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Ball Don't Lie

Grant Hill thinks a misdiagnosis destroyed his ankle and career

Kelly Dwyer
Ball Don't Lie

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Grant Hill isn't being overt about it, which is typical for him, but it's clear that he blames the Detroit Pistons' medical staff for misdiagnosing an ankle injury that led to the scuttling of his career back in the 1999-00 season.

NBA fans don't reflect on it as much they probably should 11 years later, but the drama surrounding Grant Hill's free-agent choice in 2000 was probably the closest thing we've had to LeBron James' "Decision"-type intrigue since the NBA's free-agent era began. Nearly every road game of Hill's final season as a Detroit Piston saw countless writers ask Hill about his plans for the summer of 2000, when Hill himself didn't know where he was eventually headed, and the whole experience took its toll on a middling Pistons team.

So much so that Hill, ever the professional, likely ruined his career in order to avoid of-their-day charges that he was taking it easy in his potential final days as a Piston. Detroit was in the running for a playoff spot deep in the 1999-00 season when Hill came up lame with an ankle injury, and immediately the on-record catcalls wondered aloud as to the severity of the injury, and whether or not it was just the free-agent-to-be's way of guarding himself as the big pay day approached in the summertime.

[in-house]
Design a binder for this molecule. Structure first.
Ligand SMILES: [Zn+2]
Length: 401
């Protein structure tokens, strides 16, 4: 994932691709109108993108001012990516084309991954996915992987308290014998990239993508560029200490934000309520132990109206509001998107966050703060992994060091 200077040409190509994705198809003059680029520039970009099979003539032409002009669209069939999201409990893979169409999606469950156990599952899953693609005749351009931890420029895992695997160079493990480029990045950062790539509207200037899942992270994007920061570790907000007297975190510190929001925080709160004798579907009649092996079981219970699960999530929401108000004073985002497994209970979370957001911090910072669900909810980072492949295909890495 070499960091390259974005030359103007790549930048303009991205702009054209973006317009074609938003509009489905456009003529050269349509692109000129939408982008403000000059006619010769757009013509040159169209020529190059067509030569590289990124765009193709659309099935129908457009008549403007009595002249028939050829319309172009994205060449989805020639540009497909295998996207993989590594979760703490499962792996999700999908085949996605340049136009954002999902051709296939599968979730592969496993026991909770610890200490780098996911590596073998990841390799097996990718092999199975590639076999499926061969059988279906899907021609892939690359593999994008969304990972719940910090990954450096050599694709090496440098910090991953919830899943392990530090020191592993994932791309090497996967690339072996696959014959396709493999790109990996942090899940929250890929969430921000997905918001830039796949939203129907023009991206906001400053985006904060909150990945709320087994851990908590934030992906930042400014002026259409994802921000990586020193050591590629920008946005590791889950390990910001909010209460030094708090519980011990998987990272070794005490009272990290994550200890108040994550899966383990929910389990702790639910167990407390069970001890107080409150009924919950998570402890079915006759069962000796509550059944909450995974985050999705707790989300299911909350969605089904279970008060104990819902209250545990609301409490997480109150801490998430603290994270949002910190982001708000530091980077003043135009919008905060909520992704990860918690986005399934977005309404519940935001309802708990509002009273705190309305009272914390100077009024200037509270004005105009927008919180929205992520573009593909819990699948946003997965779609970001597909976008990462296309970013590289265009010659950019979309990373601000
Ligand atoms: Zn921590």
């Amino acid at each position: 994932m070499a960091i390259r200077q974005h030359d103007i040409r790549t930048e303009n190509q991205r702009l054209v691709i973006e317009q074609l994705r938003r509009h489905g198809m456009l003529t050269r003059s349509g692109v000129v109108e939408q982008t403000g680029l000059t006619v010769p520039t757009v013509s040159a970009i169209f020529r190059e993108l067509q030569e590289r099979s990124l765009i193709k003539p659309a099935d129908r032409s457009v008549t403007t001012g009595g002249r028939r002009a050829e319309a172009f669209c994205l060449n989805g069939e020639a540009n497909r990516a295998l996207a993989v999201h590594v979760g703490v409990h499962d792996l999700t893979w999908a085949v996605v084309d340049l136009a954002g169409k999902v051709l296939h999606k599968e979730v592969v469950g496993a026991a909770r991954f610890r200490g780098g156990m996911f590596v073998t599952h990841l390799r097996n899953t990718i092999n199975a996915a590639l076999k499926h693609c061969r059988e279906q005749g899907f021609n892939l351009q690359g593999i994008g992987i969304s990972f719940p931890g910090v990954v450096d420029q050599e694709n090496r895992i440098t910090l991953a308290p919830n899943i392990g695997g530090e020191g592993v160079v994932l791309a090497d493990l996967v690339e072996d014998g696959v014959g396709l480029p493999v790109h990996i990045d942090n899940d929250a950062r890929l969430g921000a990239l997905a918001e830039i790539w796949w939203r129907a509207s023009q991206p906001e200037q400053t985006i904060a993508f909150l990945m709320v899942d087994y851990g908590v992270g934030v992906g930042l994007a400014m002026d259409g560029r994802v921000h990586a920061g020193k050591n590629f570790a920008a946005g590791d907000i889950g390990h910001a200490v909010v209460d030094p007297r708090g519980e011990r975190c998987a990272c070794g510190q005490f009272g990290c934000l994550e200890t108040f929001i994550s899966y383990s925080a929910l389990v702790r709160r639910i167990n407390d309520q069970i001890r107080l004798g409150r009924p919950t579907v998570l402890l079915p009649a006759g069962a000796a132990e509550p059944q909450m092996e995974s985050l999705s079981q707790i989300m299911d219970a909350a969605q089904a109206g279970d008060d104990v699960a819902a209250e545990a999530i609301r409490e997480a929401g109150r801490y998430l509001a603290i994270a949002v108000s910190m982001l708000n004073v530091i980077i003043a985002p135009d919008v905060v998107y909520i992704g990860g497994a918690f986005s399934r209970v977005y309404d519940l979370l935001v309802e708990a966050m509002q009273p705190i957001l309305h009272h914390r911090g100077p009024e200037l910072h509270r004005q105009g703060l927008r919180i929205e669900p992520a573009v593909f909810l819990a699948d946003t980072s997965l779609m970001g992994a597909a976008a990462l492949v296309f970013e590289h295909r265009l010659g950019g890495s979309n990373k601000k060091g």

It wasn't, Hill attempted to deflect criticism by playing through the injury during a playoff series against Miami, and instead he injured the ankle more severely as a result. He then returned from injury way too early in an attempt to stave off the same criticism after joining the Orlando Magic the following summer, he barely played the rest of the decade, and he's still a little wary of those final few months in Michigan.

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From Jason Whitlock's podcast, via Piston Powered:

"I (had been) told everything was fine. I even found out that certain team doctors were questioning whether I was really hurt, thinking I was soft or whatever. This was after I had pulled myself from Game 2 against the Heat. At that time, when I found out I had broken my ankle, as crazy as this sounds, I was relieved. I finally had some confirmation, I finally had proof that I'm really not making it up."

It's a shame that nobody seems to remember the genesis of what essentially put the kibosh on Hill's career. The pressure on him to not appear as if he had a case of senioritis was so great that he limped through an NBC-aired game against Philadelphia with what was obviously an ankle injury that needed weeks to heal, but the criticism about his impending free agency (a turn he did absolutely nothing to promote in-season, unlike James) was so strong that Hill played on.

And it absolutely ruined his career. No way around it.

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